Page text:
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Electron and wavelength problem

  1. Dec 10, 2015 #1
    1. The problem statement, all variables and given/known data
    Electron on n=6 level emits wavelength of 410.2nm.
    What energy level does it move too?

    2. Relevant equations
    1/L = R ( 1/N^2 - 1/n^2)
    where N is initial and n final
    R=1.096779*10^7 m

    3. The attempt at a solution
    1/410.2 = 10967790 (1/36 - 1/n^2)
    1/4498975152 = (1/36 - 1/n^2)
    -1/36 -1/36
    4498975152 =n^2
    sqrt
    n=67074......
    this number is wrong, it is not an energy level, and not one of the answers, what did I do wrong?
     
  2. jcsd
  3. Dec 10, 2015 #2

    DrClaude

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    Staff: Mentor

    Careful here. N is the lower level and n is the upper level, not necessarily initial and final.

    Put the units in your equation, you will see where it went wrong.
     
  4. Dec 10, 2015 #3
    alright,
    R is in m^-1
    and L is in nm,

    so it will be .0000004102m*10967760m^-1 = .449897515 m/m
    Now I add 36 and take the sqrt, which gives me a number slightly larger than 6, which still is not correct. Did I miss other units?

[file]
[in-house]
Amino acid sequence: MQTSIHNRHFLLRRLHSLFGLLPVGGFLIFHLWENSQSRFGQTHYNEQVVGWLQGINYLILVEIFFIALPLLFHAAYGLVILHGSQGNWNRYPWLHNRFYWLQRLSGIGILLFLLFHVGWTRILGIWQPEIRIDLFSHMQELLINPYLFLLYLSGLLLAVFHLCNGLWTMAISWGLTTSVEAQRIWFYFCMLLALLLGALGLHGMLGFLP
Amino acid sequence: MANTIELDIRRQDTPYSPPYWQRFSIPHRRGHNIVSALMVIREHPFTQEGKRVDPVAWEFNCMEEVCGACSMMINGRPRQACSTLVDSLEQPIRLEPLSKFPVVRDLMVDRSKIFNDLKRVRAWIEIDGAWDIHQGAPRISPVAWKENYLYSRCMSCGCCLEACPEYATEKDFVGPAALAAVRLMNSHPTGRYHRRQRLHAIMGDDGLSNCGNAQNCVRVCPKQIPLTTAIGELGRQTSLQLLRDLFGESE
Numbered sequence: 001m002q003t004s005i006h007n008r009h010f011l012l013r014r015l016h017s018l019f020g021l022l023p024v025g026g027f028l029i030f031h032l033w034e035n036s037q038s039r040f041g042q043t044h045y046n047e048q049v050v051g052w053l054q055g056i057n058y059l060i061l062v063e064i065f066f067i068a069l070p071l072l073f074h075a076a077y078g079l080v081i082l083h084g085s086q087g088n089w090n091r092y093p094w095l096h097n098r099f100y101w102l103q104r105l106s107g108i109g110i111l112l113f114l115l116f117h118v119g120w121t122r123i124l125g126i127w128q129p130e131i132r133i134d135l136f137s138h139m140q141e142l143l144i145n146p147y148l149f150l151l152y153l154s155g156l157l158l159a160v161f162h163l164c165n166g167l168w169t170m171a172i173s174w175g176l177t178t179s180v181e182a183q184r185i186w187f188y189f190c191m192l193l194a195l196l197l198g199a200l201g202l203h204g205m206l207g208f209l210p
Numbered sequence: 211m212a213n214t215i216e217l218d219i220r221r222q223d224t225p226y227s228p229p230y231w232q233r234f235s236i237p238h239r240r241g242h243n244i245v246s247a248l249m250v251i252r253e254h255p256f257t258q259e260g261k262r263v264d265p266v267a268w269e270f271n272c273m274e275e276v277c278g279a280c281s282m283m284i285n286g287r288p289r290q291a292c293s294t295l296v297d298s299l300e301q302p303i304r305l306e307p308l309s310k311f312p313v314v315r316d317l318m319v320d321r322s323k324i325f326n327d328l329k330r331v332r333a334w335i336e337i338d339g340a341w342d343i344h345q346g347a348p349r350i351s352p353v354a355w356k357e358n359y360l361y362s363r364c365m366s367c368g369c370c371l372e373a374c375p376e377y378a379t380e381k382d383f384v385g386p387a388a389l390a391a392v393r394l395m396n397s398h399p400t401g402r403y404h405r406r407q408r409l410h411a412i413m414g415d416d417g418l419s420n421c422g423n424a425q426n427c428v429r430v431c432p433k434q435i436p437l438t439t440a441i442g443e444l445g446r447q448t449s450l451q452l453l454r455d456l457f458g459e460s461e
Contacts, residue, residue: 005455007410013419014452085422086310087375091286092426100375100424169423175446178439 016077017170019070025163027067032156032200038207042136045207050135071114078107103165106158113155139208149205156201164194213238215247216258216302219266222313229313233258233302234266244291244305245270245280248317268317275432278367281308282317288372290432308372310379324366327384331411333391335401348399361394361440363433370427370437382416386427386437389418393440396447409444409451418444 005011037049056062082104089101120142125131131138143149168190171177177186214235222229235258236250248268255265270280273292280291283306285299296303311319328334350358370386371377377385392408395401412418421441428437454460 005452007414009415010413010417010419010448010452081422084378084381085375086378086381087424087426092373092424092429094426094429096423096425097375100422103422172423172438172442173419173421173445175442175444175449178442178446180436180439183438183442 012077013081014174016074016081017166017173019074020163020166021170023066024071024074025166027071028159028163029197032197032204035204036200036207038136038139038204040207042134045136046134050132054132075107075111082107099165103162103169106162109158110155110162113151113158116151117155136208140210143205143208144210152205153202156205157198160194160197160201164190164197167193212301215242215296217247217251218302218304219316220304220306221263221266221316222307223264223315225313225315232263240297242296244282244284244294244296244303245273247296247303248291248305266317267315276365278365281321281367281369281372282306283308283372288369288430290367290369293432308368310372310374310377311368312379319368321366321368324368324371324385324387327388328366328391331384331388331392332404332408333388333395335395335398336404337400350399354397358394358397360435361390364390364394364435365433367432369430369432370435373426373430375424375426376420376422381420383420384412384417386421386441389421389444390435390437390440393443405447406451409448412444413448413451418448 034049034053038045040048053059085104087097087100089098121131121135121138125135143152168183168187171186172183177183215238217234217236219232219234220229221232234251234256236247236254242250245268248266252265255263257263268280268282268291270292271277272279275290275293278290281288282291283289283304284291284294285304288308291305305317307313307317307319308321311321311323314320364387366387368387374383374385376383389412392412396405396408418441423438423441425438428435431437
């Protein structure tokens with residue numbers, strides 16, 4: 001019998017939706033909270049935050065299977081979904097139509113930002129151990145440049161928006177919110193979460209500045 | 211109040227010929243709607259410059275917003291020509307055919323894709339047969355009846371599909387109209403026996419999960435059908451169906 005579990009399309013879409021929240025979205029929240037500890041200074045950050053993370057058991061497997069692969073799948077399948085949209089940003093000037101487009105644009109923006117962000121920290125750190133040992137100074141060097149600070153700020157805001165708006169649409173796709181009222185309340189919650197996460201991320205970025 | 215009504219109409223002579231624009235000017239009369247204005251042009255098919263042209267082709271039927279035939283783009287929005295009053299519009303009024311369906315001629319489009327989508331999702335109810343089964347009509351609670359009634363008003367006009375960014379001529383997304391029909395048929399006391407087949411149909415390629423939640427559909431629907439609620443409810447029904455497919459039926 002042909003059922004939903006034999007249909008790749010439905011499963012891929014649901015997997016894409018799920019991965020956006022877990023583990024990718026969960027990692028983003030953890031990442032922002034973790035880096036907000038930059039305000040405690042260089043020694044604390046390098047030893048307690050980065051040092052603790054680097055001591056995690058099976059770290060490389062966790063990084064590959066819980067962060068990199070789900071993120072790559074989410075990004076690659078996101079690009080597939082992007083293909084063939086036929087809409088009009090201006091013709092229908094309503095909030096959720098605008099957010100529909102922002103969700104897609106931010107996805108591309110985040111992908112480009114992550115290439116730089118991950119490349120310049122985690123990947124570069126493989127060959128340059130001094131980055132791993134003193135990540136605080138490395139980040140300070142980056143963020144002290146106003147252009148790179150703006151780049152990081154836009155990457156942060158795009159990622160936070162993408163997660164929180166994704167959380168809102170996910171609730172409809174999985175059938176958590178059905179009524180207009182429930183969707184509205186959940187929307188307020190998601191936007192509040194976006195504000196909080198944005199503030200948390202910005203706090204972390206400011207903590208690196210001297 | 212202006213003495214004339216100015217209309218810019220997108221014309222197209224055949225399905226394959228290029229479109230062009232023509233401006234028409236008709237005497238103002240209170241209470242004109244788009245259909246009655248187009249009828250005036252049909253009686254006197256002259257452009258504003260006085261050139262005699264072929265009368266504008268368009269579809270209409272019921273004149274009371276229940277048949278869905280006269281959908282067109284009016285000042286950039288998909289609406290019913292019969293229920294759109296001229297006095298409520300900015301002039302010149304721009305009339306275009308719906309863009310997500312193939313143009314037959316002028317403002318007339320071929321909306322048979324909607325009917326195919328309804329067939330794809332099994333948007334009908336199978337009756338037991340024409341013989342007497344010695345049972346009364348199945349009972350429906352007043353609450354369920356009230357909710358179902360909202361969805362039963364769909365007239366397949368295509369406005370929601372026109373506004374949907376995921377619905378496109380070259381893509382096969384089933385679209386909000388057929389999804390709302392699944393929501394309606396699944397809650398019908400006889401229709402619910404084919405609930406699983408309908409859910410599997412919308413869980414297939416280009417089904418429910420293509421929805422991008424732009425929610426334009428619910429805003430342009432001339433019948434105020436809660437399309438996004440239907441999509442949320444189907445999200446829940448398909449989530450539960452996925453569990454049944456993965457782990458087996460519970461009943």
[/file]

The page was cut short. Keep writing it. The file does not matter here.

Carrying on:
5. Dec 10, 2015 #4

    DrClaude

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    Staff: Mentor

    Almost. I think it is simpler to make calculation using powers of 10 (less chance of an error):
    410.2×10-9 m × 1.096779×107 m-1 = ?

    You can't do that,
    $$
    \frac{1}{a} + \frac{1}{b} \neq \frac{1}{a+b}
    $$
    You need to add 1/36 to 1 over the number you will get for λ×R.
     
  6. Dec 10, 2015 #5
    I thought since all the terms were under 1 that I could just solve the denominators, like this property

    X(2x+5) = x14
    2x+5= 14

    also, how do you display fractions on this forum like you did?
     
  7. Dec 10, 2015 #6

    DrClaude

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    Staff: Mentor

    That makes use of the properties of the logarithm
    $$
    \begin{align*}
    x^a &= x^b \\
    \log(x^a) &= \log(x^b) \\
    a \log(x) &= b \log(x) \\
    a &= b
    \end{align*}
    $$
    It doesn't work for ##a^{-1} + b^{-1}##.

    I used the Latex capabilities of PF. See https://www.physicsforums.com/help/latexhelp/ for more info.
     
  8. Dec 10, 2015 #7
    Thank you. I did it all out and the value I got it .66666, which still does not seem right
     
  9. Dec 10, 2015 #8

    DrClaude

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    Staff: Mentor

    Indeed. I get a nice value. Could you show your calculation?
     
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